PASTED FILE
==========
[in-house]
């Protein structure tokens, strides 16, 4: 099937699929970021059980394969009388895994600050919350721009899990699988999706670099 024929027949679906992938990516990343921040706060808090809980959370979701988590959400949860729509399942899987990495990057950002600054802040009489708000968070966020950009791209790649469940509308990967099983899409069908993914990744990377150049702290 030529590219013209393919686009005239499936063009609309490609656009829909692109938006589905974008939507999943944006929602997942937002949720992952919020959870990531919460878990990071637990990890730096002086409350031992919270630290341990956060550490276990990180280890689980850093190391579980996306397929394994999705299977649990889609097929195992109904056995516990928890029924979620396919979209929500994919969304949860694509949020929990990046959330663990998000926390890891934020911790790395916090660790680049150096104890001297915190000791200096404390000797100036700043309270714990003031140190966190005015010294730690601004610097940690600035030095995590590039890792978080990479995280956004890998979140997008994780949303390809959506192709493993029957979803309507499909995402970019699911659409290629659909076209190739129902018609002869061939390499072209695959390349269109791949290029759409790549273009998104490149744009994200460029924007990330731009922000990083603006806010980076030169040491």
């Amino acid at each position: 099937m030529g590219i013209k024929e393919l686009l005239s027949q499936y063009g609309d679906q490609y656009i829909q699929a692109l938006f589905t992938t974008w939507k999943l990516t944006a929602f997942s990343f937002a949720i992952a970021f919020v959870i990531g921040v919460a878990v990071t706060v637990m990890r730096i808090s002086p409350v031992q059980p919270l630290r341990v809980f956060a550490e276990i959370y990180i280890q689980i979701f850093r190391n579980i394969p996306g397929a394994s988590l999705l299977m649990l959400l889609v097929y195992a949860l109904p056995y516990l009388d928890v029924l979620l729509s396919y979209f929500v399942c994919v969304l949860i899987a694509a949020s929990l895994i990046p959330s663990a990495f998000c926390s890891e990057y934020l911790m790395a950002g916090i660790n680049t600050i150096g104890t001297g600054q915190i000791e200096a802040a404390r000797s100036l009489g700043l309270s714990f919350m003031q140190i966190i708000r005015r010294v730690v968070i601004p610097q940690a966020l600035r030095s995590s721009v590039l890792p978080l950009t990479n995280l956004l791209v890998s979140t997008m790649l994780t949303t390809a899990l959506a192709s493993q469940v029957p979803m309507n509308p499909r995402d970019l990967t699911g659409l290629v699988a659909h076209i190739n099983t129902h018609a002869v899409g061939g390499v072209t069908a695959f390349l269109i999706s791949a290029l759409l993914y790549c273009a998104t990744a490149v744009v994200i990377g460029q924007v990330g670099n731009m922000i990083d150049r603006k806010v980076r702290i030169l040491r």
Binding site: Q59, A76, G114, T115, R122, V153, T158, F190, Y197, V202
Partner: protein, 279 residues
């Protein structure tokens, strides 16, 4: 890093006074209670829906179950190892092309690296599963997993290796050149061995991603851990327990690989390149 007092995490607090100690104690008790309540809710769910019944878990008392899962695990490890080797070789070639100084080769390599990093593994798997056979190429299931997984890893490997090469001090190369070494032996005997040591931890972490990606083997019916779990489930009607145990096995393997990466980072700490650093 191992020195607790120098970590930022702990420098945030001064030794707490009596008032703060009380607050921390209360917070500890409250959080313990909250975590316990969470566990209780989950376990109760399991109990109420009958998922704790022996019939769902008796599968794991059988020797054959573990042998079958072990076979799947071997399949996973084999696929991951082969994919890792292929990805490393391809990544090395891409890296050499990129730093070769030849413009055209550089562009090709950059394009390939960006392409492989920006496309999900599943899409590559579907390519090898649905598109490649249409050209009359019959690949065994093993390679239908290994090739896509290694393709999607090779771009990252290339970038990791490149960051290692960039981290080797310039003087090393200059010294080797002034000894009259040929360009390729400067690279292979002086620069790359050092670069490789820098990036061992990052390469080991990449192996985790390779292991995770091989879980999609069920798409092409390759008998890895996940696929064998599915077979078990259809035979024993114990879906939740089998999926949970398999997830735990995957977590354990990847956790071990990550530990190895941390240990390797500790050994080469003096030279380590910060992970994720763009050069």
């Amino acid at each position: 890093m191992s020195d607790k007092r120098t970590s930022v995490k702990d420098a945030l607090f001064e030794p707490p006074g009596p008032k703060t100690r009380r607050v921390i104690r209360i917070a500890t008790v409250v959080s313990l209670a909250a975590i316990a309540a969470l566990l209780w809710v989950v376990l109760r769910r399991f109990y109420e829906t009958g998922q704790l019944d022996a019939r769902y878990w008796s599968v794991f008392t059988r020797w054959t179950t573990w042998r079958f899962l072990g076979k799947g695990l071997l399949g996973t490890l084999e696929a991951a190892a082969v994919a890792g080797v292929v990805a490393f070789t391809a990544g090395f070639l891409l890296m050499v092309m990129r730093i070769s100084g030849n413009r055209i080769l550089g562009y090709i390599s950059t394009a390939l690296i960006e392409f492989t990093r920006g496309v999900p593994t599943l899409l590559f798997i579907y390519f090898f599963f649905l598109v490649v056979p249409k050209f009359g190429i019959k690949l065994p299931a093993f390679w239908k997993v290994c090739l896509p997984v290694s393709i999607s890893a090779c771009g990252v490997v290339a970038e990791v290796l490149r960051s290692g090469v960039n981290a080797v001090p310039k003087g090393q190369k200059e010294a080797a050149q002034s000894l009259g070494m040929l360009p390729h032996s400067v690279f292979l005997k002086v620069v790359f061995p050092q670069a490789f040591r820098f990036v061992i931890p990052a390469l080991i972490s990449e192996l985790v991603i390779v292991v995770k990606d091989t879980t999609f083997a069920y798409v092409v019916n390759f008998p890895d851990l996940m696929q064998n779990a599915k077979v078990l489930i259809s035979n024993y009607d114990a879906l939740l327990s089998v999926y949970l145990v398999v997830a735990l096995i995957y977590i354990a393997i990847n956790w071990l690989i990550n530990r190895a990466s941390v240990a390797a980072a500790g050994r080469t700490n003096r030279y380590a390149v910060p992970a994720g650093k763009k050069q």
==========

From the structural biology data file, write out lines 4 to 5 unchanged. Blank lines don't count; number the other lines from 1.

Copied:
Binding site: Q59, A76, G114, T115, R122, V153, T158, F190, Y197, V202
Partner: protein, 279 residues